FIGS. 15-17 illustrate further embodiments of the device of the present invention to treat a patient having carpal tunnel disease or other nerve injury. In particular, and as shown in FIG. 15, the device of the present invention includes a neural stent 6 having a bottom axially elongated member 70 and a top axially elongated member 72, the top axially elongated member 72 being formed from one piece or several pieces 74 arranged axially side-by-side across the bottom elongated member 70. The bottom and top elongated members 70, 72 are joined together to define the neural stent 6 with a generally cylindrical shape having an axial bore 10 therein for receiving and protecting the inflamed or injured nerve. The top and bottom elongated members 70, 72 are generally U-shaped in transverse cross-section to define the bore 10 for receiving and protecting the injured nerve.

As shown in FIG. 15, the bottom elongated member 70 preferably includes lateral edges 76 from which upwardly extend L-shaped flanges 78 extending axially along the length thereof. The top elongated member 72, either integrally formed or formed in separate pieces 74, also includes opposite lateral edges 80 from which project L-shaped flanges 82 which are shaped complementary to the L-shaped flanges 78 of the bottom elongated member 70. The end legs 84 of the L-shaped flanges 82 of the top axially elongated member 72 are received in respective channels 86 defined by the L-shaped flanges 82 of the bottom elongated member 70 so that the end legs 84 of the top elongated member 72 may be resiliently snap-fitted in, or slidably received by, the channels 86 of the bottom elongated member 70 to secure the top and bottom elongated members together.

Accordingly, the bottom U-shaped elongated member 70 may be positioned under the median nerve 2, with the median nerve received between the lateral edges 76 of the bottom member and cradled by the bottom member 70, and the neural stent 6 may be assembled in situ by sliding or snap-fitting the top elongated member 72 onto the bottom elongated member 70, the two members defining together the axial bore 10 in which the median nerve 2 is situated and protected. The top elongated member 72 is, therefore, situated between the median nerve 2 and the transverse carpal ligament 4. To facilitate assembly of the neural stent during the surgical implantation of the stent, the top elongated member 72 may be formed of a plurality of separate pieces 74, as shown in FIG. 15 and as described previously, each of which may be individually snap-fitted or slid into the channels 86 of the L-shaped flanges 78 of the bottom elongated member 70 to secure the separate pieces 74 defining the top elongated member 72 to the bottom elongated member 70. It should be further noted from FIG. 15 that the bottom elongated member 70 may be arched, if desired, to conform to the shape of the patient's palm and to provide greater comfort and flexibility.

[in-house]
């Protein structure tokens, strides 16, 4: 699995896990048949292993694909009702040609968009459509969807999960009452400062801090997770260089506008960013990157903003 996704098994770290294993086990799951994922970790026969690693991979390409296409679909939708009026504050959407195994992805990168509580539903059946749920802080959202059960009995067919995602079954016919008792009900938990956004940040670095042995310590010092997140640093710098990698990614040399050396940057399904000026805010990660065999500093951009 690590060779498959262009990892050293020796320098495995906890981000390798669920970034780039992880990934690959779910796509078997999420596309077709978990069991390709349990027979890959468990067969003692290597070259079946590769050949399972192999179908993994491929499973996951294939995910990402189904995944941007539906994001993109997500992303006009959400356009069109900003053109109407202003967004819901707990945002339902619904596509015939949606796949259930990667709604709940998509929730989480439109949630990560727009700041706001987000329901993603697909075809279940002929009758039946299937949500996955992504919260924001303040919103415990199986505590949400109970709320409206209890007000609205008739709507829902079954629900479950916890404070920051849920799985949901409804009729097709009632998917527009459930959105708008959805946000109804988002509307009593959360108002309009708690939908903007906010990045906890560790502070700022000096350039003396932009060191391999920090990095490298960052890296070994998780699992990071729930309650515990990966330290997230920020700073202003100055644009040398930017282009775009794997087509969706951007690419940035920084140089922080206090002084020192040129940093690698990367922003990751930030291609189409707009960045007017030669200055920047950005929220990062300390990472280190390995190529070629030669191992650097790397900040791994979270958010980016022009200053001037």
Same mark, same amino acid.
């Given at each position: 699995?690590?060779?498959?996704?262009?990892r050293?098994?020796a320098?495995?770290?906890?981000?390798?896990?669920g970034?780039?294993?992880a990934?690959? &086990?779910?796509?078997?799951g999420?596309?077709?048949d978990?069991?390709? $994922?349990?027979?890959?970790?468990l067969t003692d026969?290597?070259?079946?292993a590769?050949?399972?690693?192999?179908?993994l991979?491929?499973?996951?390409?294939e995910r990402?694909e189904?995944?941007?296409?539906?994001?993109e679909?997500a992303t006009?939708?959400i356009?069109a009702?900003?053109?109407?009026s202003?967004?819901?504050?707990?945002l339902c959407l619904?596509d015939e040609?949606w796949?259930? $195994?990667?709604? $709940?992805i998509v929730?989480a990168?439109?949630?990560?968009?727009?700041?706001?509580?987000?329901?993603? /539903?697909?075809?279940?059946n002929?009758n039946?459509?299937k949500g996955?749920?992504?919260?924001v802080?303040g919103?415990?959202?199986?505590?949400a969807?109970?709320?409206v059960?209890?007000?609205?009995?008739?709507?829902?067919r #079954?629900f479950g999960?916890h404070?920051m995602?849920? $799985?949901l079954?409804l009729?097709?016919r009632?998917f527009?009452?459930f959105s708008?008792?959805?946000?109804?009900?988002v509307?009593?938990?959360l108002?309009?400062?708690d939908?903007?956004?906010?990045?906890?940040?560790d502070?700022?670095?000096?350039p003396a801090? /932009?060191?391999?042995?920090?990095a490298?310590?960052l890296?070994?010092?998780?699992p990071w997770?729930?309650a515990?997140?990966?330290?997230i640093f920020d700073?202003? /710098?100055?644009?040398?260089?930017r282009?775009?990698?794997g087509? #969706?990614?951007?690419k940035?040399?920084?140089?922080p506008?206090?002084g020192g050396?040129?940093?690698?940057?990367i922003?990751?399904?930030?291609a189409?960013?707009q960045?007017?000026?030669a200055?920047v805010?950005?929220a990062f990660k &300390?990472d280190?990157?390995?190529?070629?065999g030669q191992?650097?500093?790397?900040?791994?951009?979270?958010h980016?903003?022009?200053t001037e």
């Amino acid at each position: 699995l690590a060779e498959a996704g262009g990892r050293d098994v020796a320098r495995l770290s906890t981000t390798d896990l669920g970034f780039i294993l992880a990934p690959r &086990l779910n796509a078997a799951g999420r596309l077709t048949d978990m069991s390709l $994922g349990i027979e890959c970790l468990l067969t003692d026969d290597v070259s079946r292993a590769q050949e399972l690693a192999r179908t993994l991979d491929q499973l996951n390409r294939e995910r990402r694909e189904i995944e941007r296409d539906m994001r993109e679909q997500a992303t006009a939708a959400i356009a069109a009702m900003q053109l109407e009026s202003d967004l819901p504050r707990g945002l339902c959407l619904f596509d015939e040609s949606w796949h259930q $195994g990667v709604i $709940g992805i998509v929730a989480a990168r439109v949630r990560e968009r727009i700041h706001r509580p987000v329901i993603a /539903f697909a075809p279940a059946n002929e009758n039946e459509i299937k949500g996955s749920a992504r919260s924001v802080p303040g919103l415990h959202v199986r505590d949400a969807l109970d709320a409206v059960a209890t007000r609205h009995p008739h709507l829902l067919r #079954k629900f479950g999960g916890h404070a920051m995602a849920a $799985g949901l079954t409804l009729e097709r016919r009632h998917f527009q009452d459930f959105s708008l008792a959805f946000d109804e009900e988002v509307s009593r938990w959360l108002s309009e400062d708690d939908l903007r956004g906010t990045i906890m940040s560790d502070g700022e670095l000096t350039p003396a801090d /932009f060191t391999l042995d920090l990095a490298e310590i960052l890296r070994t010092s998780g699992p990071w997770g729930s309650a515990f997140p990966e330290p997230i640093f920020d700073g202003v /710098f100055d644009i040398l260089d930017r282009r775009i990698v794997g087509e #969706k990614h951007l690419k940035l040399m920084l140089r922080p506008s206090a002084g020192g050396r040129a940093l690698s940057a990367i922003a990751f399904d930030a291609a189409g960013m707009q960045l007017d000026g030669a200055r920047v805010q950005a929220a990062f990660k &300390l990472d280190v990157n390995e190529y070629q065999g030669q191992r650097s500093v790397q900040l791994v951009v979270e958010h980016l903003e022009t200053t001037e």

FIG. 16 illustrates another form of the neural stent 6 of the present invention wherein top and bottom axially elongated members 72, 70 which are generally U-shaped in transverse cross-section are joined together to define the neural stent with an overall generally cylindrical shape having an axial bore 10 extending between the top and bottom elongated members. In this particular embodiment shown in FIG. 16, the bottom elongated member 70 includes opposite lateral edges 76 which define a channel 86 in each for receiving the opposite lateral edges 80 of the top elongated member 72 by sliding the top elongated member into the channels 86 of the bottom elongated member, or by snap-fitting the top elongated member 72 into the channels 86 of the bottom elongated member 70 to secure the two members together to define the neural stent 6. Also, in this particular embodiment shown in FIG. 16, it can be seen that the top and bottom elongated members 72, 70 may include a plurality of openings 16 formed through the thickness thereof to allow fluid flow into and out of the axial bore 10 which houses and protects the median nerve 2 of the patient. Again, FIG. 16 shows that the neural stent 6, and in particular, the top and bottom elongated members 72, 70 thereof, may be bowed or arched to provide greater flexibility and comfort to the patient in whom the neural stent is implanted.

FIG. 17 illustrates another form of the neural stent 6 of the present invention which is similar in many respects to the stents shown in FIGS. 15 and 16. In this particular embodiment shown in FIG. 17, the bottom axially elongated member 70 is U-shaped or C-shaped to define a channel 64 for receiving the median nerve 2 of a patient, and the top elongated member 72 is formed as a plurality of slightly arched or bowed, individual pieces 74 to allow the neural stent to be assembled in situ during implantation in the patient's wrist or other location to protect the injured nerve. Each piece 74 of the top elongated member 72 includes an opening 16 formed through the thickness thereof to allow fluid flow therethrough into the bore 10 formed by the top and bottom members where the median nerve 2 is situated. Also, the individual pieces 74 forming the top elongated member 72 may have opposite lateral concave-shaped (one or both)-sides 88 so that adjacent pieces 74 only touch one another near their other opposite sides (i.e., lateral edges 80) to define a gap 90 between adjacent pieces. The gaps 90 provided by this structure will allow fluid to flow to the median nerve 2 situated within the axial bore 10 of the neural stent 6. Each piece 74 of the top elongated member 72 may have lateral edges 80 formed in a similar manner to that shown and described for the top elongated members 72 of the stents shown in FIGS. 15 and 16, and similarly, the bottom elongated member 70 may have lateral edges 76 with the same or similar structure as that of the lateral edges 76 of the bottom elongated members 70 shown and described in relation to the neural stent of FIGS. 15 and 16 so that the top elongated member 72 may be snap-fitted to or slidably received by the bottom elongated member 70 to secure the top and bottom members of the neural stent together.